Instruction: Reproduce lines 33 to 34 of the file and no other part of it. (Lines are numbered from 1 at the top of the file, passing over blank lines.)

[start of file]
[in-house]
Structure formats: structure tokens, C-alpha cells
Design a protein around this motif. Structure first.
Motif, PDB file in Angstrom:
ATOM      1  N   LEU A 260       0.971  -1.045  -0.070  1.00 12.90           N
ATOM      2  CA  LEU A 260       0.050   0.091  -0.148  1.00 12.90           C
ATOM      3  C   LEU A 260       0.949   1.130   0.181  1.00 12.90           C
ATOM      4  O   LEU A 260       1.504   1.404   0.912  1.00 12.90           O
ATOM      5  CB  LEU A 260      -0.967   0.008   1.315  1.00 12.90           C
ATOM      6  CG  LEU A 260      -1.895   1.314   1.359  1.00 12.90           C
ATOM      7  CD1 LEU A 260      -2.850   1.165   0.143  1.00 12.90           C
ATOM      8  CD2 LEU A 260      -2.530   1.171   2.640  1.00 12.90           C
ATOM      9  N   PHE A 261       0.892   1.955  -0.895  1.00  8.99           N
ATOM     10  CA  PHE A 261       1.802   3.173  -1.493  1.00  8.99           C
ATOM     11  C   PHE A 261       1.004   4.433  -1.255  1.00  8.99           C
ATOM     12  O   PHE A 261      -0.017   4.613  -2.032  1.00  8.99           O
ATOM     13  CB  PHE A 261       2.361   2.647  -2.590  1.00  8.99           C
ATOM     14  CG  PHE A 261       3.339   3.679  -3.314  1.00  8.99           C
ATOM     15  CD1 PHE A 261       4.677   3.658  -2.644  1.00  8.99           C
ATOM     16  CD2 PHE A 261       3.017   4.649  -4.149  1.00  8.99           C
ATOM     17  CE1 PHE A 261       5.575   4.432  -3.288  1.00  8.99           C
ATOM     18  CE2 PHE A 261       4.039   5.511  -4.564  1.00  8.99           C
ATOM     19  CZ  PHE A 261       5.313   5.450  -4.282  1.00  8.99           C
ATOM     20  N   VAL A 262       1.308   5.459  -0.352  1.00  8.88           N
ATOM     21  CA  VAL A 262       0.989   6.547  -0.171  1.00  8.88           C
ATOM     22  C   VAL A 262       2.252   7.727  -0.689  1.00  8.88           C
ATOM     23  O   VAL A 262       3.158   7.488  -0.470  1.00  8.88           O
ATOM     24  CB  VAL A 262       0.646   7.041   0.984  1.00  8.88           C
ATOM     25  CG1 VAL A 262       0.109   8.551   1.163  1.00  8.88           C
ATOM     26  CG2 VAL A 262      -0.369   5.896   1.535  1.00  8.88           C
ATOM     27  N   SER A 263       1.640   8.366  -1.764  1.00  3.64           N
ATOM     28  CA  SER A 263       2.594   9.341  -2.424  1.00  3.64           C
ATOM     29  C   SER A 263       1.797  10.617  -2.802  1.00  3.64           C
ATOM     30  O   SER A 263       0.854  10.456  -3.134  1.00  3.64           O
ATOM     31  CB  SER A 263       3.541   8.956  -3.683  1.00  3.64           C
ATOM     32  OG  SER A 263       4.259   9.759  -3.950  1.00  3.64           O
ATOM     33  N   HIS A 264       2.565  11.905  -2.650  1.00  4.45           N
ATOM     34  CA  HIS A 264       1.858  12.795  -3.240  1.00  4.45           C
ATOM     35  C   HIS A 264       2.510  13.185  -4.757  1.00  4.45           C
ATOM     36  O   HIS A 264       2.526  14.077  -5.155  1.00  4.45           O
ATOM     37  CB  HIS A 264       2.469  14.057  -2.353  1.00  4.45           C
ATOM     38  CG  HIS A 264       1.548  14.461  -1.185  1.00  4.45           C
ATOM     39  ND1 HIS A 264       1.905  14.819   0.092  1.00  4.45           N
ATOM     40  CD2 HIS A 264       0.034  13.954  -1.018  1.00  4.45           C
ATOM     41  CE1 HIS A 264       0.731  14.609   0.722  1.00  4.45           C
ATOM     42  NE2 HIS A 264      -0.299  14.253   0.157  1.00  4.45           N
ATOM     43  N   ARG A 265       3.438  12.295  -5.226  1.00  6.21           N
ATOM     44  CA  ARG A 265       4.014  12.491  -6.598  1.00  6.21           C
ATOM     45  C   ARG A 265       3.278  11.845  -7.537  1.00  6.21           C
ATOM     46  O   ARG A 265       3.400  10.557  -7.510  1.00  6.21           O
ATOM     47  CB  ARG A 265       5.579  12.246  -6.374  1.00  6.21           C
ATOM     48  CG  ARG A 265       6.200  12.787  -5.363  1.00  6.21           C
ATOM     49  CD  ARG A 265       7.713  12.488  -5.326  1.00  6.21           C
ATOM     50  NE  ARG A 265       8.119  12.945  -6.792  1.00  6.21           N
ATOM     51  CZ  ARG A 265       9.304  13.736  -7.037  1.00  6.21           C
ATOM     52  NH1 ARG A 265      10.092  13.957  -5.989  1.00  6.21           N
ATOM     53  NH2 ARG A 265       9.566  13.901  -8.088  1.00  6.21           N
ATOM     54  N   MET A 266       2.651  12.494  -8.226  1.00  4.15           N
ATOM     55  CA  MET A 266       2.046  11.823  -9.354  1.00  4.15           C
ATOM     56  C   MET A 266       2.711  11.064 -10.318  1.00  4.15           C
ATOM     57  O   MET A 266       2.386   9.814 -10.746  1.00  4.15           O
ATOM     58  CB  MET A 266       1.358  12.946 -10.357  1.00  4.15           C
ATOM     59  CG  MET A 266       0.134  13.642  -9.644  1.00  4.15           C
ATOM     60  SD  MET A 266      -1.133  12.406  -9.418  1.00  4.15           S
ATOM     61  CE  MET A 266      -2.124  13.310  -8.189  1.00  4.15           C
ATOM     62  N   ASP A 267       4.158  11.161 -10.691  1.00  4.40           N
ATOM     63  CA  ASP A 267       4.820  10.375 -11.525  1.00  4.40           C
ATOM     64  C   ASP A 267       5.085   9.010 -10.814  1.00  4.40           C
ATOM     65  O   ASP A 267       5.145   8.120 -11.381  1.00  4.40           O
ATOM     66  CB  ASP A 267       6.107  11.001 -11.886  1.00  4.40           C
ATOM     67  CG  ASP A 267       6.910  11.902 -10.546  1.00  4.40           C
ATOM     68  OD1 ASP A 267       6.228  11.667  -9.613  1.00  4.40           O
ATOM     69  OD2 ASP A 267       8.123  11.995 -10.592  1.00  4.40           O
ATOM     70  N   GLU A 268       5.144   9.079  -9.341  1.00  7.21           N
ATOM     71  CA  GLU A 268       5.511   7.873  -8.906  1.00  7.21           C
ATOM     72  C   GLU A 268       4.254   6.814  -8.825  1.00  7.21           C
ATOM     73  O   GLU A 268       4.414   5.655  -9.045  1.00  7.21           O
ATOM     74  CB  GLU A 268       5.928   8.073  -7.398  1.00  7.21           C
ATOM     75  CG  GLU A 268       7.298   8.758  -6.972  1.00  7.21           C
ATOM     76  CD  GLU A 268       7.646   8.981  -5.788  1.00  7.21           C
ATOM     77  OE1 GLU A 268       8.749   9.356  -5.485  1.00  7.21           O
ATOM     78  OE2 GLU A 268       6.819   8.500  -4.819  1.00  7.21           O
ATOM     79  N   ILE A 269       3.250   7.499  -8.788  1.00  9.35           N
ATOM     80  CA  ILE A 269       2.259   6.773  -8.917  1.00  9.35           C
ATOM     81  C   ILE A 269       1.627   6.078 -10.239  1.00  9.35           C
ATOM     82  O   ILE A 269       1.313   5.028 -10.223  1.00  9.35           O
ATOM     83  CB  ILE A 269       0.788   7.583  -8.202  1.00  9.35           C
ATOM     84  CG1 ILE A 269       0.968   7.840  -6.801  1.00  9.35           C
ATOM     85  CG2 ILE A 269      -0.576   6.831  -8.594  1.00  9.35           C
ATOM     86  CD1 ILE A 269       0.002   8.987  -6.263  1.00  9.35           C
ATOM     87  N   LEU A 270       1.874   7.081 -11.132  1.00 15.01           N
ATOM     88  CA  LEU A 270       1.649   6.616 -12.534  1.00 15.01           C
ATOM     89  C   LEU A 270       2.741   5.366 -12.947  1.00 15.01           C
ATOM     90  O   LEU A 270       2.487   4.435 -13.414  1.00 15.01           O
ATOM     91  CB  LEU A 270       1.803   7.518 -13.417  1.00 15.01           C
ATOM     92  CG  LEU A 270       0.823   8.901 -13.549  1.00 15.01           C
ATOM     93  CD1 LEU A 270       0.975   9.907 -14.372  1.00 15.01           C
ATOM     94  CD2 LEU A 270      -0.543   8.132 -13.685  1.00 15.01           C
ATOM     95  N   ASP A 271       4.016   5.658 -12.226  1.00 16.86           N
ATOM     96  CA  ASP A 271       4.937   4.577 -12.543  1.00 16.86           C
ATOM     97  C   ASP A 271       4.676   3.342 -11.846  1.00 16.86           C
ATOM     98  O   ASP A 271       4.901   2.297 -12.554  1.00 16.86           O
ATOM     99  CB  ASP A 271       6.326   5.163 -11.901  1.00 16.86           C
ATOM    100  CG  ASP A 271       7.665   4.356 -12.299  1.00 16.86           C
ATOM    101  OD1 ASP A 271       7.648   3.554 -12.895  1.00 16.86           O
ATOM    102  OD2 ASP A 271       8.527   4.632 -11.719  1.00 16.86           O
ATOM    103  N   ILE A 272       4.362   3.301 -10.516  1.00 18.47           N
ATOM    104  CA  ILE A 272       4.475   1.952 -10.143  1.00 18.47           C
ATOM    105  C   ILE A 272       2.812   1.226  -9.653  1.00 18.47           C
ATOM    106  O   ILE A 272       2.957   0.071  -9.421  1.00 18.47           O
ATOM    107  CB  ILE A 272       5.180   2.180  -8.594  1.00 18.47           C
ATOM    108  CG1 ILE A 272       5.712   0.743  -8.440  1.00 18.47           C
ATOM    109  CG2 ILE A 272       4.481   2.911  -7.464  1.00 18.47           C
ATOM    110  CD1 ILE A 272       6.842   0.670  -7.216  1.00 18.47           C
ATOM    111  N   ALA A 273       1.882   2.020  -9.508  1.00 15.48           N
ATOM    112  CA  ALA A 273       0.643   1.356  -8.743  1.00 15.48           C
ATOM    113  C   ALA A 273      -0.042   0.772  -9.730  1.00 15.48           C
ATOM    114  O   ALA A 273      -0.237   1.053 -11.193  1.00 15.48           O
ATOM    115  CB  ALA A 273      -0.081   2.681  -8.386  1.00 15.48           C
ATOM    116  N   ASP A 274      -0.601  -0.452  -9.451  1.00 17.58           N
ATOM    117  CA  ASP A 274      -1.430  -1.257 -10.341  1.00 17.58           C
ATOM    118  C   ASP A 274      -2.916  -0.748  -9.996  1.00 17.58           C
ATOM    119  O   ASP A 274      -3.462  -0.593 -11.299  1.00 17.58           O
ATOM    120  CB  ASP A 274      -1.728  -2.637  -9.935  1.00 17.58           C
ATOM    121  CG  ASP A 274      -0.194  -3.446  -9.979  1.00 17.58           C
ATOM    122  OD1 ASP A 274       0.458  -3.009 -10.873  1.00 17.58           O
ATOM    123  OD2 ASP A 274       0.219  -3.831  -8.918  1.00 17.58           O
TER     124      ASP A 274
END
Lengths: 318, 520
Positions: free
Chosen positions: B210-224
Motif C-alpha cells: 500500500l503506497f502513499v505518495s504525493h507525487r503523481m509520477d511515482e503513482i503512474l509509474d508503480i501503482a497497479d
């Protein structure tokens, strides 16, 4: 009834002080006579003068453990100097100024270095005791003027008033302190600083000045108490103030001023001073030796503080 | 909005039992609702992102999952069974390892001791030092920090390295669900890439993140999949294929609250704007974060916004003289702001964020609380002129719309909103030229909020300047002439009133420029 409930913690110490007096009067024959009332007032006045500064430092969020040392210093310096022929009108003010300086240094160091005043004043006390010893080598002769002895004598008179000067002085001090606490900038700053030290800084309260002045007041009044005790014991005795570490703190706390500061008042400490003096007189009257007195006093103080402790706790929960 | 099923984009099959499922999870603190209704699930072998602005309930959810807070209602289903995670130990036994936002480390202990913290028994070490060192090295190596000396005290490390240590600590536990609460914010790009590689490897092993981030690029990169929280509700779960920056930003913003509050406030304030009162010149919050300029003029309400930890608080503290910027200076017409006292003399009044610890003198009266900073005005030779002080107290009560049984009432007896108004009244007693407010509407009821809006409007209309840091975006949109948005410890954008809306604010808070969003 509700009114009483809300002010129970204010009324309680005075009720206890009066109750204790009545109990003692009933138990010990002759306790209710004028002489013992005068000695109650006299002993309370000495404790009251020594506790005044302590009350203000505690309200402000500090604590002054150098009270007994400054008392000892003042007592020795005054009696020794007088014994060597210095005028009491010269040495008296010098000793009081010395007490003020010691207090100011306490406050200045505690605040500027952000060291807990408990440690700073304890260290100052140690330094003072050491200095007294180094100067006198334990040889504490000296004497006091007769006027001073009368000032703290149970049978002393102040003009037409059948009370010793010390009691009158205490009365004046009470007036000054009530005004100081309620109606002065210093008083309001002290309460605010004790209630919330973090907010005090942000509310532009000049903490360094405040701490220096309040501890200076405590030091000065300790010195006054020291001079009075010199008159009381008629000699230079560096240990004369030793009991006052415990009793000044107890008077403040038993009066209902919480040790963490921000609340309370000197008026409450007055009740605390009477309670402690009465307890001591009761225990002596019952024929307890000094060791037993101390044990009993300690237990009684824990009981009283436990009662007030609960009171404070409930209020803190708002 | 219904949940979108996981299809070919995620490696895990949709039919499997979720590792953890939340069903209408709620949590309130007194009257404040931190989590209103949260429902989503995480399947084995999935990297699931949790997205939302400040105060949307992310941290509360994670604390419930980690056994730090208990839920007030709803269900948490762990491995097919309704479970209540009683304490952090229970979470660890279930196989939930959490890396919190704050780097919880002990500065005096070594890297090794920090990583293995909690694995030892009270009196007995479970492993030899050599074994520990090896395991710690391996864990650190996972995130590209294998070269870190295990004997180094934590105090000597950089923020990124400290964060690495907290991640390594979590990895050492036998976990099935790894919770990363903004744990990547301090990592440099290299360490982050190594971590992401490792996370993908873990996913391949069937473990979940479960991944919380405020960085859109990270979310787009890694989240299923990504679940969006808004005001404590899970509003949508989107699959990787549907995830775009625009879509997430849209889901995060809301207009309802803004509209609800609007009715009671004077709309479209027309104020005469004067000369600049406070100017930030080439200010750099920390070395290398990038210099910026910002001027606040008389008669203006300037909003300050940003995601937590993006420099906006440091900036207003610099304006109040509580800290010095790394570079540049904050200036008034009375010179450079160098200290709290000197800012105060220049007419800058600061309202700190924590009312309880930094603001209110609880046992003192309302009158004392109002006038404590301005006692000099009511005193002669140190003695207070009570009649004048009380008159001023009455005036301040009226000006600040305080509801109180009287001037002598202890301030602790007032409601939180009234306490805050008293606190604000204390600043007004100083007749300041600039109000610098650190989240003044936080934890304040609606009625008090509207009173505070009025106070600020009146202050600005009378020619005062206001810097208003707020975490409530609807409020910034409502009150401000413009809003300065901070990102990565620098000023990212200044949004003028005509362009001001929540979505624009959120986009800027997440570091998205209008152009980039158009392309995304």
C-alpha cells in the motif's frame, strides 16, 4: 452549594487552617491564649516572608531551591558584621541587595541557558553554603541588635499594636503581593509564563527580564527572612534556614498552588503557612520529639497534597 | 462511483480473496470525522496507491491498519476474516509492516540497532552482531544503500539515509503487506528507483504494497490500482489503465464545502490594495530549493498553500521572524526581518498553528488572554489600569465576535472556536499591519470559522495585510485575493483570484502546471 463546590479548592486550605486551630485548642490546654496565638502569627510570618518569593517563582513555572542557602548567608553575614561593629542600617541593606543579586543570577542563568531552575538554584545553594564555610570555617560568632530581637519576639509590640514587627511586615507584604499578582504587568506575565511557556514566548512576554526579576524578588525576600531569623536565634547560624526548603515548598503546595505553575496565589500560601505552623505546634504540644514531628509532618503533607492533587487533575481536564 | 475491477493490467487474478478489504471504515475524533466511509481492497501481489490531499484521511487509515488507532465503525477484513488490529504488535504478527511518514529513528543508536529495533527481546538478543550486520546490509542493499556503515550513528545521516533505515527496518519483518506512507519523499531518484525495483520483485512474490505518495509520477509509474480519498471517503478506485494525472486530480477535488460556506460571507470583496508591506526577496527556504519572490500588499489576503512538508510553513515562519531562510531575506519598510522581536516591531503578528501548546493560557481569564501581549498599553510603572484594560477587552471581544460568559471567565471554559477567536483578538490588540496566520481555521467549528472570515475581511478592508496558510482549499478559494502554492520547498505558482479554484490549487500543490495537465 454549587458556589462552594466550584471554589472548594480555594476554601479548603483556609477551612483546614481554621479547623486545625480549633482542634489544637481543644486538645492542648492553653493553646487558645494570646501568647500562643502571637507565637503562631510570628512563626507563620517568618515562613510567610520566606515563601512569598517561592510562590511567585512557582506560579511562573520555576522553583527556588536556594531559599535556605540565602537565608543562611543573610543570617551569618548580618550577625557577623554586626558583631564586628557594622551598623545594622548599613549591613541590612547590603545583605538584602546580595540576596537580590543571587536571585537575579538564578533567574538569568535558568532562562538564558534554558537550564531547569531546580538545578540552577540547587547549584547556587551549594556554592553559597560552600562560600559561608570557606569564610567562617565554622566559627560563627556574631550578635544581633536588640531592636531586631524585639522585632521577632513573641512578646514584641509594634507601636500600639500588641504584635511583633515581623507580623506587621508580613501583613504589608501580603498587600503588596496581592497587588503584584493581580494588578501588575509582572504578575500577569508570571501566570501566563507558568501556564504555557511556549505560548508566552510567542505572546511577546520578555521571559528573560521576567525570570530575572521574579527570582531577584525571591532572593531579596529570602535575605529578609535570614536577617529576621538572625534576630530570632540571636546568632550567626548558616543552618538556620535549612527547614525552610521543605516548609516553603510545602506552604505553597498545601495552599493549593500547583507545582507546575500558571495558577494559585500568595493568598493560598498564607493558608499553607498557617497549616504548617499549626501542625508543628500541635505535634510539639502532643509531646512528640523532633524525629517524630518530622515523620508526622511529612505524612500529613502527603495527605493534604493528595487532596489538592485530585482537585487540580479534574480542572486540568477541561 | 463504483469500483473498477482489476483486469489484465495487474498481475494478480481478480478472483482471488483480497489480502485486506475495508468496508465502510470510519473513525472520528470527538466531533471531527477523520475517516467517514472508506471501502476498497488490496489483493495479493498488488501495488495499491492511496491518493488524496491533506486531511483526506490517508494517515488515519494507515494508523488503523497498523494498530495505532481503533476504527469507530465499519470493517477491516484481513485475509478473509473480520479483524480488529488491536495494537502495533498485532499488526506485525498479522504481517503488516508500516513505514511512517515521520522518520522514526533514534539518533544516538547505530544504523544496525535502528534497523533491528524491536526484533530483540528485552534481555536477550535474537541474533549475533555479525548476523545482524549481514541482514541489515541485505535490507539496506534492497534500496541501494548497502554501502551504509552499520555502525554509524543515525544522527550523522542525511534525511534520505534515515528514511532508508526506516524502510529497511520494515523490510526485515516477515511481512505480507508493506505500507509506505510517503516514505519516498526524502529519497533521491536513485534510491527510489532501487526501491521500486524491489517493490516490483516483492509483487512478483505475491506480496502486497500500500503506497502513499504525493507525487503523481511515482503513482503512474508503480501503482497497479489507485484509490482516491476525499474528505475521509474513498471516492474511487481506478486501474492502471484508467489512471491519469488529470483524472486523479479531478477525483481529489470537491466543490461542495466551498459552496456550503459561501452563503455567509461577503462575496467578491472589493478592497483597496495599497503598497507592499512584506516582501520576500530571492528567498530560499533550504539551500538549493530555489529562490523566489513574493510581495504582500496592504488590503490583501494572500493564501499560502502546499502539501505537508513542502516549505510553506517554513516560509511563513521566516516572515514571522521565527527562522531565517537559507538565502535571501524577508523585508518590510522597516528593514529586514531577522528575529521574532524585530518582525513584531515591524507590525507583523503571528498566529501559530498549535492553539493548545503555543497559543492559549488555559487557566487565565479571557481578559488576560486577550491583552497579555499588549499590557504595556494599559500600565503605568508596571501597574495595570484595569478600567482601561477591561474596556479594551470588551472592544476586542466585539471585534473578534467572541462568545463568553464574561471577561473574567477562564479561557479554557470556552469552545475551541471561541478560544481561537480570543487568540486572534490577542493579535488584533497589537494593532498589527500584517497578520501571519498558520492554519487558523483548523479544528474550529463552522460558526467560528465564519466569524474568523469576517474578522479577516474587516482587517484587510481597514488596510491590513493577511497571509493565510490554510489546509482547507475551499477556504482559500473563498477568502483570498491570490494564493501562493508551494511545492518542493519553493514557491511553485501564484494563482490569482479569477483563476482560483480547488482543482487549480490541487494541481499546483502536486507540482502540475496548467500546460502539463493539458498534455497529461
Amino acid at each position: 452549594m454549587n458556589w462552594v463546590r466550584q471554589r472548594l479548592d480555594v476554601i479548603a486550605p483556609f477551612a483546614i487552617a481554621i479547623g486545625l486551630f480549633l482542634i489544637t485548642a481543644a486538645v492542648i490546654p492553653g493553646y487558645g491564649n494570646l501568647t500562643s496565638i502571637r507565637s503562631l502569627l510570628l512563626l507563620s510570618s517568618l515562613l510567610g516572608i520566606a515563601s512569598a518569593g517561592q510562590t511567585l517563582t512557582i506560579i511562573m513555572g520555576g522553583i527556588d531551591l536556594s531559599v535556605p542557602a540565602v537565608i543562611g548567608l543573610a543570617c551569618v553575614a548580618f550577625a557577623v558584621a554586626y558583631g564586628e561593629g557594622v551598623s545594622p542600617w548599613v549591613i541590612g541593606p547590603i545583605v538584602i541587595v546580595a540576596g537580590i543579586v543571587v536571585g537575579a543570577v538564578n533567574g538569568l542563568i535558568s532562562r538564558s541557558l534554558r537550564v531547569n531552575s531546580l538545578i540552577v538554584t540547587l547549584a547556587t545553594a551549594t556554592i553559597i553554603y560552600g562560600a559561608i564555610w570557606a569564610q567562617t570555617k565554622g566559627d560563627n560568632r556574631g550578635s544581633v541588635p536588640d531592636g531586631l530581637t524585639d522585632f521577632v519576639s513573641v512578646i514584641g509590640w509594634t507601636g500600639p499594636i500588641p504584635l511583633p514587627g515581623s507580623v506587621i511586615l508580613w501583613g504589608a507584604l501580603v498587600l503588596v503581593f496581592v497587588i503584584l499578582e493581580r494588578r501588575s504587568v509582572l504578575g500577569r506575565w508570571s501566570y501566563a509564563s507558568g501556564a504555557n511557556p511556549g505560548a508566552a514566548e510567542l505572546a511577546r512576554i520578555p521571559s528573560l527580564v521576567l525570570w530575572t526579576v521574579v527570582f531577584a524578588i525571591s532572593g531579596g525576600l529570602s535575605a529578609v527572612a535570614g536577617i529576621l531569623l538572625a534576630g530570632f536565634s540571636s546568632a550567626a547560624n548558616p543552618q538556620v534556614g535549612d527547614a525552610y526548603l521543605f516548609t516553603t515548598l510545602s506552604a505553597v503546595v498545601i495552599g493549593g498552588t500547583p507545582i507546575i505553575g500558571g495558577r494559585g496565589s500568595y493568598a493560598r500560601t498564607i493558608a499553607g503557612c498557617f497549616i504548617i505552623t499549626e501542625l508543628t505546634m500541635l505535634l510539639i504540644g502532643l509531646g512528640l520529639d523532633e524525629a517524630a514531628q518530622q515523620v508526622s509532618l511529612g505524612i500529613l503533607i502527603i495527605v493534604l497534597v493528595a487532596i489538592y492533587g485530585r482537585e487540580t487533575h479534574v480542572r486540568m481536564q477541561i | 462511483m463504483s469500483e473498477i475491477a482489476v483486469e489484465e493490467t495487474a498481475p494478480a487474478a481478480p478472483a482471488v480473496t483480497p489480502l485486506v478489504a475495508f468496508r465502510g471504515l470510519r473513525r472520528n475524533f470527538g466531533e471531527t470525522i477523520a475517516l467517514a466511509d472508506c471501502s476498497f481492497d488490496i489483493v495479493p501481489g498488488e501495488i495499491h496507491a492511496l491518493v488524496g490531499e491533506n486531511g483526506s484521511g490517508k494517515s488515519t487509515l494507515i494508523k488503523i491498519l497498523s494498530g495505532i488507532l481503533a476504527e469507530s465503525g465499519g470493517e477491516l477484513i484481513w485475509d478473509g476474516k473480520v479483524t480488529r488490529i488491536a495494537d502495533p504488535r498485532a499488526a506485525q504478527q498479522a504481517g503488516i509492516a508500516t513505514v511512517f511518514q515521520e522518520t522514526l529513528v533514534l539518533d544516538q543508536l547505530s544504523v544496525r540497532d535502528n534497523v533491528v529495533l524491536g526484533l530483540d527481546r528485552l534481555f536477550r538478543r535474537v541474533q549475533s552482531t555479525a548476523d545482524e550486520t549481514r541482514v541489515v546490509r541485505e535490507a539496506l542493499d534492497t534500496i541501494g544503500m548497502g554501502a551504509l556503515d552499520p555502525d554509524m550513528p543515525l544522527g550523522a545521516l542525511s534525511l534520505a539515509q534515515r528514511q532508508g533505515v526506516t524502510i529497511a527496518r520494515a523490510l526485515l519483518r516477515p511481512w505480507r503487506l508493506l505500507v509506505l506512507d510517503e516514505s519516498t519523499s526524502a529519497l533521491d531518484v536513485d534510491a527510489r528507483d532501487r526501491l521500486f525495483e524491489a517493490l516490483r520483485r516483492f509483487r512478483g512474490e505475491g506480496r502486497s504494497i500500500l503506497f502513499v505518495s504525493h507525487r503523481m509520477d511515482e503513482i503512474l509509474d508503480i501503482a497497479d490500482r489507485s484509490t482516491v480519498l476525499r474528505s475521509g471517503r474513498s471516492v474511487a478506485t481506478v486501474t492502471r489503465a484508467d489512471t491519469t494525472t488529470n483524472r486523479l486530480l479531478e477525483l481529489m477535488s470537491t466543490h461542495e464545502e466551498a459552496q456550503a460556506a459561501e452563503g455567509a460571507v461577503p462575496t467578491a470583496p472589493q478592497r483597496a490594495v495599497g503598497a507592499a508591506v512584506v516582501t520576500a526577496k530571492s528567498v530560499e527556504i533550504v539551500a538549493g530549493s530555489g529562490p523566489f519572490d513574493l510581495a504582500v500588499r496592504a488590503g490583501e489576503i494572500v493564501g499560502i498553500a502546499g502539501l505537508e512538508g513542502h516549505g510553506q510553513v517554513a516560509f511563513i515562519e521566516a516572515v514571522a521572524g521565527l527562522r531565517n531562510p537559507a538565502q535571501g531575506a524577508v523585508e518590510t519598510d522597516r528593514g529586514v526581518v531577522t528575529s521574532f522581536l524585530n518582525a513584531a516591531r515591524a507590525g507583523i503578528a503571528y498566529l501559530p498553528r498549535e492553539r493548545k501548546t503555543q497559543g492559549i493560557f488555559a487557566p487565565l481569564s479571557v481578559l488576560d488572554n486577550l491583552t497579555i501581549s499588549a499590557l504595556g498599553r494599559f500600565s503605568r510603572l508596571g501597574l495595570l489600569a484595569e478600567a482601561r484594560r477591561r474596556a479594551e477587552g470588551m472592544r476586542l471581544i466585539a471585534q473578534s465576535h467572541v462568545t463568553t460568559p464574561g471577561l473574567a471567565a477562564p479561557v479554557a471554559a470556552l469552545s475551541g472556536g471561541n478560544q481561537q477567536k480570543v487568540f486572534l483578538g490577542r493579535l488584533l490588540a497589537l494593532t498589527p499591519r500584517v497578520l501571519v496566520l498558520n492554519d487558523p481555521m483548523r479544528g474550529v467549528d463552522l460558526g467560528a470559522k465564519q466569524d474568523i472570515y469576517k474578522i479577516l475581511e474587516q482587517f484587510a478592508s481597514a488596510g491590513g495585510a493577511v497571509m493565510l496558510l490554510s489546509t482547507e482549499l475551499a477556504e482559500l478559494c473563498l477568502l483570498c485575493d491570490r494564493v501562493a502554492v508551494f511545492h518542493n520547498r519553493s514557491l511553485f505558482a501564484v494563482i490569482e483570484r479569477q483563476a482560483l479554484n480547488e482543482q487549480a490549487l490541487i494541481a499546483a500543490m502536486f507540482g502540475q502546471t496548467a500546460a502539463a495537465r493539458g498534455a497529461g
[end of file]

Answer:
ATOM     29  C   SER A 263       1.797  10.617  -2.802  1.00  3.64           C
ATOM     30  O   SER A 263       0.854  10.456  -3.134  1.00  3.64           O